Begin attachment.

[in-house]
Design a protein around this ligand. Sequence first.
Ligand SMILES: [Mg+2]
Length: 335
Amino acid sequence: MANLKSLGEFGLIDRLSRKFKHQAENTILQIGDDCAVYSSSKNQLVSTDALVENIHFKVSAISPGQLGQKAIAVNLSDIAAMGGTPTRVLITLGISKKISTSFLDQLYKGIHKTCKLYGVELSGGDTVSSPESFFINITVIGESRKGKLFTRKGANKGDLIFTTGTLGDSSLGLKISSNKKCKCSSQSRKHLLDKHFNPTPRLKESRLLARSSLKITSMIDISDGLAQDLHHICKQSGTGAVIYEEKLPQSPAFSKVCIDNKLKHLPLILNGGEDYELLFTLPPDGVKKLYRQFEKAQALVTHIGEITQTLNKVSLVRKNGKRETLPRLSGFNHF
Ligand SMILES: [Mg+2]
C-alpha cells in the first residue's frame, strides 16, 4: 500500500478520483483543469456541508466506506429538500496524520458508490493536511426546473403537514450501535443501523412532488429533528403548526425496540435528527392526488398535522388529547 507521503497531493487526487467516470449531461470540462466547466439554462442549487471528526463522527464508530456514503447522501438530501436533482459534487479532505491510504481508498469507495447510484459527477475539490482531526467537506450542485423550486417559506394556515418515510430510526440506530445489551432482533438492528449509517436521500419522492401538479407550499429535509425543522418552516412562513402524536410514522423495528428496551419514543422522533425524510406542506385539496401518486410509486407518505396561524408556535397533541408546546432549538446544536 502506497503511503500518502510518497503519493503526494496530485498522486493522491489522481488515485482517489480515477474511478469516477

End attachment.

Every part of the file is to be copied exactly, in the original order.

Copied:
[in-house]
Design a protein around this ligand. Sequence first.
Ligand SMILES: [Mg+2]
Length: 335
Amino acid sequence: MANLKSLGEFGLIDRLSRKFKHQAENTILQIGDDCAVYSSSKNQLVSTDALVENIHFKVSAISPGQLGQKAIAVNLSDIAAMGGTPTRVLITLGISKKISTSFLDQLYKGIHKTCKLYGVELSGGDTVSSPESFFINITVIGESRKGKLFTRKGANKGDLIFTTGTLGDSSLGLKISSNKKCKCSSQSRKHLLDKHFNPTPRLKESRLLARSSLKITSMIDISDGLAQDLHHICKQSGTGAVIYEEKLPQSPAFSKVCIDNKLKHLPLILNGGEDYELLFTLPPDGVKKLYRQFEKAQALVTHIGEITQTLNKVSLVRKNGKRETLPRLSGFNHF
Ligand SMILES: [Mg+2]
C-alpha cells in the first residue's frame, strides 16, 4: 500500500478520483483543469456541508466506506429538500496524520458508490493536511426546473403537514450501535443501523412532488429533528403548526425496540435528527392526488398535522388529547 507521503497531493487526487467516470449531461470540462466547466439554462442549487471528526463522527464508530456514503447522501438530501436533482459534487479532505491510504481508498469507495447510484459527477475539490482531526467537506450542485423550486417559506394556515418515510430510526440506530445489551432482533438492528449509517436521500419522492401538479407550499429535509425543522418552516412562513402524536410514522423495528428496551419514543422522533425524510406542506385539496401518486410509486407518505396561524408556535397533541408546546432549538446544536 502506497503511503500518502510518497503519493503526494496530485498522486493522491489522481488515485482517489480515477474511478469516477